Centers of Intelligence


Brief Overview


The centers of intelligence, sometimes simply called the centers or triads, are common to most teachings of the Enneagram personality types. The nine types are placed into three centers with three types in each center. Although every individual has access to all three centers, one of the centers becomes a preoccupation based on type. Enneagram authors and teachers use many different labels and concepts for applying the centers to the types. Below are a sampling of the more common ones.

One common set of labels is the following:

  • Types 8, 9, and 1 are often said to be body-based or gut-based.
    Primary emphasis is placed on somatic or sensory-motor activity.

  • Types 2, 3, and 4 are often said to be heart-based.
    Primary emphasis is placed on feeling states or emotional connection.

  • Types 5, 6, and 7 are often said to be head-based.
    Primary emphasis is placed on thinking or mental reasoning.


Detailed Overview


The three centers are sometimes referred to in terms of a dominant emotional response.

  • Types 8, 9, and 1 may also be referred to as anger-based types.
    Anger can be thought of as an energy of will that pushes against obstacles.
    • For type 8, this energy arises in service of making things happen in the world.
    • For type 9, this energy arises as resistance when pushed into unwanted activities.
    • For type 1, this energy arises when correcting behavior and actions.
  • Types 2, 3, and 4 may also be referred to as shame-based types.
    Shame can be thought of as a sense of self-deficiency in the eyes of others.
    • For type 2, there can be a feeling of not being lovable unless they are attending to the needs of others.
    • For type 3, there can be a feeling of not being worthwhile unless they are successful in the eyes of others.
    • For type 4, there can be a feeling of not being significant unless they cultivate their own unique qualities.
  • Types 5, 6, and 7 may also be referred to as fear-based types.
    Fear can be thought of as an anticipation of future negative uncertainties.
    • For type 5, negative uncertainties are prepared for by attaining knowledge.
    • For type 6, negative uncertainties are prepared for through doubting and questioning.
    • For type 7, negative uncertainties are prepared for by generating pleasant alternatives.

Since it can sometimes be difficult to see how types 9 and 3 fit their centers, another pair of labels are sometimes used to describe their centers.

  • Types 8, 9, and 1 are sometimes called the self-forgetting types.
    Type 9 is often described as the least self-aware type.
  • Types 2, 3, and 4 are sometimes called the image types.
    Type 3 is often described as the type most aware of image.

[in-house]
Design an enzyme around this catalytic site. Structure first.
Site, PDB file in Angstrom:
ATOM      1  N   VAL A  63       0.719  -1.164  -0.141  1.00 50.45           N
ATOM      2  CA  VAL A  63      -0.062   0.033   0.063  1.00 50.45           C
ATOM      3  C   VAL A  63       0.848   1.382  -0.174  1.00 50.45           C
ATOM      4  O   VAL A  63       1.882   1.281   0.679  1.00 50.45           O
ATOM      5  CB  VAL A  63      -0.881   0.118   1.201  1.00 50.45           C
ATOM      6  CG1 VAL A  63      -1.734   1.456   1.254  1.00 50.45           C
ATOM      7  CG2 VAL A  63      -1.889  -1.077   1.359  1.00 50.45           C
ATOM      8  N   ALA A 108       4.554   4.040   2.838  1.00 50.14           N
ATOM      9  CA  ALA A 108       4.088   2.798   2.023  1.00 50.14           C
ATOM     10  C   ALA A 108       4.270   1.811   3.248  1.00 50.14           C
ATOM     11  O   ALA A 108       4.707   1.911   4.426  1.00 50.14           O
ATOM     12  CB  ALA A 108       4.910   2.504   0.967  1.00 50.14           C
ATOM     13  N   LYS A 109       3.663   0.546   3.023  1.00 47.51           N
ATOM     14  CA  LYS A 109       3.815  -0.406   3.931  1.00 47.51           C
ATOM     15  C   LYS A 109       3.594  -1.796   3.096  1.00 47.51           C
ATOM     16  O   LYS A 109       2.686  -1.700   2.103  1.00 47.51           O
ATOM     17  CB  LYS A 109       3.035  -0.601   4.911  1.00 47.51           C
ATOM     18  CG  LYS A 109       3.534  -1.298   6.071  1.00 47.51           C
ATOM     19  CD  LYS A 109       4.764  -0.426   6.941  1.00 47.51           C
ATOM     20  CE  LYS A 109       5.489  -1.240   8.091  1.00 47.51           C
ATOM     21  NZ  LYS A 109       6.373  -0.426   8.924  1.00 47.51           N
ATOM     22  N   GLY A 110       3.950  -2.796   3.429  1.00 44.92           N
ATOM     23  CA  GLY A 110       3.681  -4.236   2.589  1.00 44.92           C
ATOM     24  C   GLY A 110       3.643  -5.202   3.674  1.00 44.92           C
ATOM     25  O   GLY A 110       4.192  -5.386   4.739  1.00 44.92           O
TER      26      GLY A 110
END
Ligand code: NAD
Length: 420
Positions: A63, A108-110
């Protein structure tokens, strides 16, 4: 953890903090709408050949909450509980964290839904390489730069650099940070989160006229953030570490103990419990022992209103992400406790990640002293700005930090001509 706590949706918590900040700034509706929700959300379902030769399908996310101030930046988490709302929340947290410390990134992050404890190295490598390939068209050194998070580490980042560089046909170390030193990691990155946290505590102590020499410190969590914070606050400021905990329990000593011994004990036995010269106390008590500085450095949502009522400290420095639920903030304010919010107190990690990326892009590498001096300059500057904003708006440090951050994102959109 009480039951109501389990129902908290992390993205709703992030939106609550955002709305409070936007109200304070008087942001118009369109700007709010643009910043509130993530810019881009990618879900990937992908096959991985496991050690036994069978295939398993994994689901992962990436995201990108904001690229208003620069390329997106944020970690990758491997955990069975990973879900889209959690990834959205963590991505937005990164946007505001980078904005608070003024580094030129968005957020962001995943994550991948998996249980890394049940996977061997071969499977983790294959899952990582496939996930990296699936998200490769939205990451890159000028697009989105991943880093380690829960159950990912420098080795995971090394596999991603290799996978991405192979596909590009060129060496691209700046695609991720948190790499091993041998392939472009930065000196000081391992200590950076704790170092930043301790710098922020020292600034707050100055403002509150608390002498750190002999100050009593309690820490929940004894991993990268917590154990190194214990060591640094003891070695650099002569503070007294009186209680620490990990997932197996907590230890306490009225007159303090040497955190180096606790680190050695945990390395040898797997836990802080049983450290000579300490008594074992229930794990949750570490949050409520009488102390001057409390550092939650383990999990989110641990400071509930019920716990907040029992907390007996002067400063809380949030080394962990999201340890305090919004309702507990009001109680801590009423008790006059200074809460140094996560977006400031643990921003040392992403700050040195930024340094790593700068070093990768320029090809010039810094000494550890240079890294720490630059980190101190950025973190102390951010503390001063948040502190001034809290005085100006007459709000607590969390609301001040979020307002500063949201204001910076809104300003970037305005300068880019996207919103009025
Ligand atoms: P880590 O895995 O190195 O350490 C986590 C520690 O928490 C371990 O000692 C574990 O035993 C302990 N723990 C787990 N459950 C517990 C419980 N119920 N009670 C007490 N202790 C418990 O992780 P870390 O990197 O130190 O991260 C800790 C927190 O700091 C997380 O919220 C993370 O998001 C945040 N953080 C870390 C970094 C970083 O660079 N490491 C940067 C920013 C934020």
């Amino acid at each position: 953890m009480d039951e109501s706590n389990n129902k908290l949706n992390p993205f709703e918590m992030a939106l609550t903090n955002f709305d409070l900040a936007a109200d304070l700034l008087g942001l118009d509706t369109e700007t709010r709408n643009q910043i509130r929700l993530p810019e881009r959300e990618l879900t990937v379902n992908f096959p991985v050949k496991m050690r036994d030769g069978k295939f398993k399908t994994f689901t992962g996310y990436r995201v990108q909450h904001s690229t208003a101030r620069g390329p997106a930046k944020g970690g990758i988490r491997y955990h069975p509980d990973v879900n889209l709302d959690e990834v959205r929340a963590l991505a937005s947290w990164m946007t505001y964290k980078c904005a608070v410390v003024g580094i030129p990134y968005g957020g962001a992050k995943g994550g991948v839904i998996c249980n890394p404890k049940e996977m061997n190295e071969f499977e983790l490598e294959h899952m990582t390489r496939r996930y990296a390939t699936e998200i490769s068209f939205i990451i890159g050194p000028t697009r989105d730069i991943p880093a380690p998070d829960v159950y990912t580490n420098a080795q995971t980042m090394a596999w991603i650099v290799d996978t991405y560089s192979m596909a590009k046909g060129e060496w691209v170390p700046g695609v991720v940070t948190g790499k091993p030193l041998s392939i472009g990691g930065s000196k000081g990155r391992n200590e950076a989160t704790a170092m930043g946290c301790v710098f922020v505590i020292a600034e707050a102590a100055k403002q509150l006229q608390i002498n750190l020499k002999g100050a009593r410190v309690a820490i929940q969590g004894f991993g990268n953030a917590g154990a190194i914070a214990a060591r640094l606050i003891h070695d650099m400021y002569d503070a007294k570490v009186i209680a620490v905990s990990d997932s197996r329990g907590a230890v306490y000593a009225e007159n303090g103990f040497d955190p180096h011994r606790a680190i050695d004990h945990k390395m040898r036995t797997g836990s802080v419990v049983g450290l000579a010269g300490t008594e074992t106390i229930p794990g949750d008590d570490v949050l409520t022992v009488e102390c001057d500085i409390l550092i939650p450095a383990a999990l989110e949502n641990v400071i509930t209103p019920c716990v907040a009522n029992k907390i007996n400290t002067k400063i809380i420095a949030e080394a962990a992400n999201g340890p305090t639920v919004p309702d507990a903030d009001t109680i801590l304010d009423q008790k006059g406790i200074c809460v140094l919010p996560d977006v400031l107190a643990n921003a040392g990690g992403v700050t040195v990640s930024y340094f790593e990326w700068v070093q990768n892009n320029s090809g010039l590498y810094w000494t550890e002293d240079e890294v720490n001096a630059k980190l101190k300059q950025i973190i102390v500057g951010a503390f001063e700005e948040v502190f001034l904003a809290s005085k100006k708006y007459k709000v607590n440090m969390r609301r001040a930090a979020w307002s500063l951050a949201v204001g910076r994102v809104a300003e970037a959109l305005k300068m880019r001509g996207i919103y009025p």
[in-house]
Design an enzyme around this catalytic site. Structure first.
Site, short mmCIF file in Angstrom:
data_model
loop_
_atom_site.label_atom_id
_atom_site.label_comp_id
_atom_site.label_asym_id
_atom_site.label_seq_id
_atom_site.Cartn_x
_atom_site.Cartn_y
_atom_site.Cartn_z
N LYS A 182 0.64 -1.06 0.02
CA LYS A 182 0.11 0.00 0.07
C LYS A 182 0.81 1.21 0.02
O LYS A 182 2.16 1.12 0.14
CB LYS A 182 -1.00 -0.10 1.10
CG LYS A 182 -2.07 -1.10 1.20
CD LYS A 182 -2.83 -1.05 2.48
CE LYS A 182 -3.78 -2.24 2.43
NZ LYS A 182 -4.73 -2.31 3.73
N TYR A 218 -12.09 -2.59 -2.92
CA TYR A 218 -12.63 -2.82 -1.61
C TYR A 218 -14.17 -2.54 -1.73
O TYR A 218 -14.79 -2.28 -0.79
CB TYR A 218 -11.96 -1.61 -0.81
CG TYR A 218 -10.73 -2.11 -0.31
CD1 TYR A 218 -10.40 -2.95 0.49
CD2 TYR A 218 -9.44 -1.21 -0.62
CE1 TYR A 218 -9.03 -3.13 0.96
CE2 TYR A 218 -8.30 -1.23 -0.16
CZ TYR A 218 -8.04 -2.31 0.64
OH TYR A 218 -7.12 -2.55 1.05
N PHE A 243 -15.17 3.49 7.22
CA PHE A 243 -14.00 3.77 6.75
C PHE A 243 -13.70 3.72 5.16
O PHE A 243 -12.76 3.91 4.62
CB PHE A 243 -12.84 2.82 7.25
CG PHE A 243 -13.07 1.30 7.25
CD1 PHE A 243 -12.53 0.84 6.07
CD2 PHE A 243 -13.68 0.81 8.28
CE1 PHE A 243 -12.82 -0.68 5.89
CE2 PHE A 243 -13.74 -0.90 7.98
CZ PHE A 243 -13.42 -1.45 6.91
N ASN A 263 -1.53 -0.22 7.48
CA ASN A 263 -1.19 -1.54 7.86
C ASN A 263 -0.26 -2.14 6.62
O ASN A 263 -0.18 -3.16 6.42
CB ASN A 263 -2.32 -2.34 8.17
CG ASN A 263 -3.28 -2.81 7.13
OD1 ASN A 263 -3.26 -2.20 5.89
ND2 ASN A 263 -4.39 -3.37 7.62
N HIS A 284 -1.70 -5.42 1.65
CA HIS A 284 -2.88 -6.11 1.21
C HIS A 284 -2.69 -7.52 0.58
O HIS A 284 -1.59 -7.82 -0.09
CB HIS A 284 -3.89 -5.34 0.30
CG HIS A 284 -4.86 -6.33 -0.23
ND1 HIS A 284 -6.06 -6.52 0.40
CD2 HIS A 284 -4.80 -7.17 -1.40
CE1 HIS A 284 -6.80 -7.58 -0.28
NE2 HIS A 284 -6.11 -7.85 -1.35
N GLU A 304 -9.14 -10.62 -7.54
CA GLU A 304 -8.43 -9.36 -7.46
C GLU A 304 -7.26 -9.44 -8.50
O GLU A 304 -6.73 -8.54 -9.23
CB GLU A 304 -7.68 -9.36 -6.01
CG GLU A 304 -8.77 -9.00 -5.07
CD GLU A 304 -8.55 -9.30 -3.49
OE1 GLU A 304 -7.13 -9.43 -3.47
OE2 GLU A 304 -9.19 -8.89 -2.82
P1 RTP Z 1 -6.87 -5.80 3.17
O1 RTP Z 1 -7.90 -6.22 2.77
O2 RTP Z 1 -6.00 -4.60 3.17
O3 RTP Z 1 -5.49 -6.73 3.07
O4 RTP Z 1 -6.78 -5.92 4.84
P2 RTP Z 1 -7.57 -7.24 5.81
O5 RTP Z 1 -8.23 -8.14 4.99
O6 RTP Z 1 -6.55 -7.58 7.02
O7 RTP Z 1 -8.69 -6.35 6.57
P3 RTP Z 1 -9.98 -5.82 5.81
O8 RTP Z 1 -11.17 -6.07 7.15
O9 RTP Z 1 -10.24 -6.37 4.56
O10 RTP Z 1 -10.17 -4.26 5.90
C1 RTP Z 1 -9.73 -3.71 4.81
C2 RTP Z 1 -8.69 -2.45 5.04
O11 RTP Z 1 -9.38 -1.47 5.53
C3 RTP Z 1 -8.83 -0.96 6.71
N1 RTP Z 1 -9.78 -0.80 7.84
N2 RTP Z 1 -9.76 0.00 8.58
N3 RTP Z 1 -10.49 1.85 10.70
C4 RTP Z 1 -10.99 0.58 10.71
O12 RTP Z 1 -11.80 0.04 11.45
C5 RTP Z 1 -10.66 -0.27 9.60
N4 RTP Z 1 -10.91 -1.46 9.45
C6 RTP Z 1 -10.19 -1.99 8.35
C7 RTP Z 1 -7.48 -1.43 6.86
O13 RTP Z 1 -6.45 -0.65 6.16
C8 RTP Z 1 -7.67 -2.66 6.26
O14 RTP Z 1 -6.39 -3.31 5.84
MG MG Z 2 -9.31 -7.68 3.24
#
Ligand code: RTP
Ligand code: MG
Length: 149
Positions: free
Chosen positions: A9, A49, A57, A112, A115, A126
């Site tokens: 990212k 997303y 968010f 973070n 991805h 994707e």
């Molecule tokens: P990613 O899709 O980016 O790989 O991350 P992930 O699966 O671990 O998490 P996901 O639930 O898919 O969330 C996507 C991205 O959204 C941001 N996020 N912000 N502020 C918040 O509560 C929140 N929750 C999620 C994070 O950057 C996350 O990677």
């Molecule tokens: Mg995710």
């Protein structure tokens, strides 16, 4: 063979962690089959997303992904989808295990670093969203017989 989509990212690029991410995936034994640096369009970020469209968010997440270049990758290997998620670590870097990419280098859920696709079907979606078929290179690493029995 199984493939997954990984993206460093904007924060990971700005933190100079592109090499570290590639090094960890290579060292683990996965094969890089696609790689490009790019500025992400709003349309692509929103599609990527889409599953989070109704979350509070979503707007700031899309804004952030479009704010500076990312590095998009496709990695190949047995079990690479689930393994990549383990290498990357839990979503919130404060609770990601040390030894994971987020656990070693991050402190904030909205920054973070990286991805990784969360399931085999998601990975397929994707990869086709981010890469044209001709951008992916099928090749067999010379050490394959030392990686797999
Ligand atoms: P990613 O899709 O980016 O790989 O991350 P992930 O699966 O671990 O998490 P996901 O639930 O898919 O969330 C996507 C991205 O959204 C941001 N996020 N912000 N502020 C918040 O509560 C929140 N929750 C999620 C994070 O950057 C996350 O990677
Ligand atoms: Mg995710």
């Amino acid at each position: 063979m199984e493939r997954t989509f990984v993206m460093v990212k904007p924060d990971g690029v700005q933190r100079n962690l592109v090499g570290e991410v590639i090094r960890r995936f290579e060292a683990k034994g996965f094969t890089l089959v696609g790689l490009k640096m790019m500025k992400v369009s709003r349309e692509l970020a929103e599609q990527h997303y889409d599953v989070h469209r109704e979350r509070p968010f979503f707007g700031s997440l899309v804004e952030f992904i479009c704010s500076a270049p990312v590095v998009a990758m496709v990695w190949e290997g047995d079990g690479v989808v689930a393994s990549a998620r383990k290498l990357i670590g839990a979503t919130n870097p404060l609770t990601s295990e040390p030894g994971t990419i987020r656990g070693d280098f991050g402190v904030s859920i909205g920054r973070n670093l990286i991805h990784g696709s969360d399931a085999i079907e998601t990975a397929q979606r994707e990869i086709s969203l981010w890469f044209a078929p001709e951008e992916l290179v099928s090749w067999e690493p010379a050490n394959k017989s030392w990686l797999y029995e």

Some authors have drawn an anology between the three centers and the triune brain concept developed by Paul MacLean (MacLean descriptions below are from Wikipedia).

  • Types 8, 9, and 1 tend to lead with the reptilian complex.
    MacLean proposed that the reptilian complex was responsible for species-typical instinctual behaviors involved in aggression, dominance, territoriality, and ritual displays.
  • Types 2, 3, and 4 tend to lead with the paleomammalian complex (limbic system).
    MacLean maintained that the structures of the limbic system arose early in mammalian evolution (hence "paleomammalian") and were responsible for the motivation and emotion involved in feeding, reproductive behavior, and parental behavior.
  • Types 5, 6, and 7 tend to lead with the neomammalian complex (neocortex).
    MacLean regarded its addition as the most recent step in the evolution of the mammilian brain, conferring the ability for language, abstraction, planning, and perception.

The centers can also be associated with the ABC's of psychology (affective, behavioral, cognitive).

  • Types 8, 9, and 1 can be associated with the behavioral (conative) domain.
  • Types 2, 3, and 4 can be associated with the affective domain.
  • Types 5, 6, and 7 can be associated with the cognitive domain.

The centers can be tied in with Gurdjieff's fourth way teachings as well in looking at the three lower centers.

  • Types 8, 9, and 1 - the moving or physical center.
  • Types 2, 3, and 4 - the emotional or feeling center.
  • Types 5, 6, and 7 - the intellectual or thinking center.

This can also tie in with the three traditional paths to spiritual enlightenment mentioned by Gurdjieff (bullets below are from Wikipedia).

  • The Way of the fakir
    The fakir works to obtain mastery of the attention (self-mastery) through struggles with [controlling] the physical body involving difficult physical exercises and postures.
  • The Way of the monk
    The monk (or nun) works to obtain the same mastery of the attention (self-mastery) through struggle with [controlling] the affections, in the domain, as we say, of the heart, which has been emphasized in the west, and come to be known as the way of faith due to its practice particularly by Catholic religious.
  • The Way of the yogi
    The yogi works to obtain the same mastery of the attention (as before: 'self mastery') through struggle with [controlling] mental habits and capabilities.

The Enneagram Attention approach to the types borrows the concept of function but not the corresponding definition from the Jungian types (adding doing to feeling and thinking), calling the centers the functional centers.

 

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